The written evidence of foreign tax paid should include details such as the amount of foreign income or gains, the foreign tax year, the nature and amount of foreign tax, the date of tax payment, and whether it represents an advance, installment, or final payment. Acceptable evidence of foreign tax payment includes statements from the foreign tax authority, certificates for deduction of withholding tax, distribution statements from trustees, pay slips or payment summaries, foreign income tax returns accompanied by receipts, or a letter from the foreign tax authority confirming tax payment.
Although you don’t need to provide the evidence with your tax return, you must retain the original documents as they may be requested later. Generally, you must keep records for 5 years after their preparation or acquisition or after completing relevant transactions, whichever is later.
The tax assessment may be amended within 2 years for individuals and small to medium businesses, or 4 years for other taxpayers. The period of review can be extended by court order or consent. Keep records for 5 years or until the end of the review period.
You don’t need to keep records if the Commissioner of Taxation has specified that they are not required or if your company has been liquidated and dissolved.
If the tax authority believes relevant information is held overseas, you may receive an offshore information notice requesting you to obtain the information within 90 days. You can apply in writing for an extension if needed.
Calculating the Foreign Income Tax Offset (FITO) involves considering various special circumstances. Superannuation funds, consolidated groups, life insurance companies, offshore banking units, foreign residents, and Australian source income each have specific rules and considerations when determining the FITO. In this article, we will explore these special circumstances and how they impact the calculation of FITO.
1. Superannuation Funds
Superannuation funds face limitations on the foreign income tax offset when transitioning from a complying to a non-complying fund or from a non-resident to a resident fund. If a fund includes an amount in assessable income under specified items and has paid foreign income tax on that amount, it is not entitled to a tax offset for the foreign income tax paid.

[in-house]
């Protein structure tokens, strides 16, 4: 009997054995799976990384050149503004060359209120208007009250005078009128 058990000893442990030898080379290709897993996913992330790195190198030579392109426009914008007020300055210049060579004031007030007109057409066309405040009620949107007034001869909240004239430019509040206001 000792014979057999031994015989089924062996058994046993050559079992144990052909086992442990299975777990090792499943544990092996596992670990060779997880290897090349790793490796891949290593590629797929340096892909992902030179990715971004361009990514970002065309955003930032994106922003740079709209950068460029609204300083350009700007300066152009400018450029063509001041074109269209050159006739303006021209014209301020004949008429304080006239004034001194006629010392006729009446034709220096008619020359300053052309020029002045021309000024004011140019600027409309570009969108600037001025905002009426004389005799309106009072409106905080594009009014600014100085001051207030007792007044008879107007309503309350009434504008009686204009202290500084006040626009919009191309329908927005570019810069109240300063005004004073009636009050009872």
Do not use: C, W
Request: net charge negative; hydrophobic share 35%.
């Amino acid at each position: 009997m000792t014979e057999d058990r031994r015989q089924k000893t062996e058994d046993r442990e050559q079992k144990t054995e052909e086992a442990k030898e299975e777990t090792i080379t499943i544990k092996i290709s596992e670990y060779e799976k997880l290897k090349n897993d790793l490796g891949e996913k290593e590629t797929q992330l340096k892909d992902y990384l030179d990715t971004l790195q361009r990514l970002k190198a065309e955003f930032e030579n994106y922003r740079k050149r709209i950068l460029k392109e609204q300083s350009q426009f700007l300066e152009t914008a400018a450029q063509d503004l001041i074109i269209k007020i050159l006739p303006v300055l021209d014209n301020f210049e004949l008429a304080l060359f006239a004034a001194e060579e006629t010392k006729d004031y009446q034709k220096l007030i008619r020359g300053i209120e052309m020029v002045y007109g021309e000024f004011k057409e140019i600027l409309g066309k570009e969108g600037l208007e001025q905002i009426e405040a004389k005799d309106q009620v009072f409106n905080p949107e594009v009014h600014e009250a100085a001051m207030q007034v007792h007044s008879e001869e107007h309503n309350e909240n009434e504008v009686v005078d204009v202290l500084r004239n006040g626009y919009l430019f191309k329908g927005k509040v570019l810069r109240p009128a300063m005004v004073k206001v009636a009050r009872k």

2. Consolidated Groups
Only the head company of a consolidated group or multiple entry consolidated (MEC) group is eligible for the foreign income tax offset. If a subsidiary member pays foreign income tax on income or gains included in the head company’s assessable income, the head company is deemed to have paid the tax.
3. Life Insurance Companies
Foreign income tax offset rules also apply to life insurance companies. As these companies are taxed at different rates based on different income classes, it is necessary to determine the assessable income and foreign income tax paid for each class when calculating the FITO.
4. Offshore Banking Units (OBUs)
OBUs have specific rules for calculating the tax offset on foreign income tax paid on assessable offshore banking income. Only one-third of the tax paid is considered for the FITO calculation, aligning with the treatment of assessable offshore banking income.
5. Foreign Residents
Although the FITO primarily applies to residents, foreign residents may also be eligible for an offset if their foreign income is taxed in Australia. This applies when a foreign resident pays income tax in a foreign country on an amount included in their assessable income under Australian tax law, provided the tax is imposed because the income is sourced in that country.
6. Australian Source Income
While Australian residents are generally taxed on their foreign source income, the FITO can apply to all income on which foreign income tax has been correctly applied. In specific cases, such as income derived from activities in the Joint Petroleum Development Area of the Timor Sea, foreign income tax imposed by another country on Australian residents’ assessable income can count towards the FITO.
Understanding When the FITO Applies
To determine when FITO applies, certain conditions must be met. The foreign tax must be foreign income tax imposed under a law other than an Australian law. It should be a tax on income, profits, gains (including capital gains), or any other tax covered by an agreement under the International Tax Agreements Act 1953. The foreign income tax should be correctly imposed under the relevant foreign law and tax treaty.
Foreign income tax paid by a controlled foreign company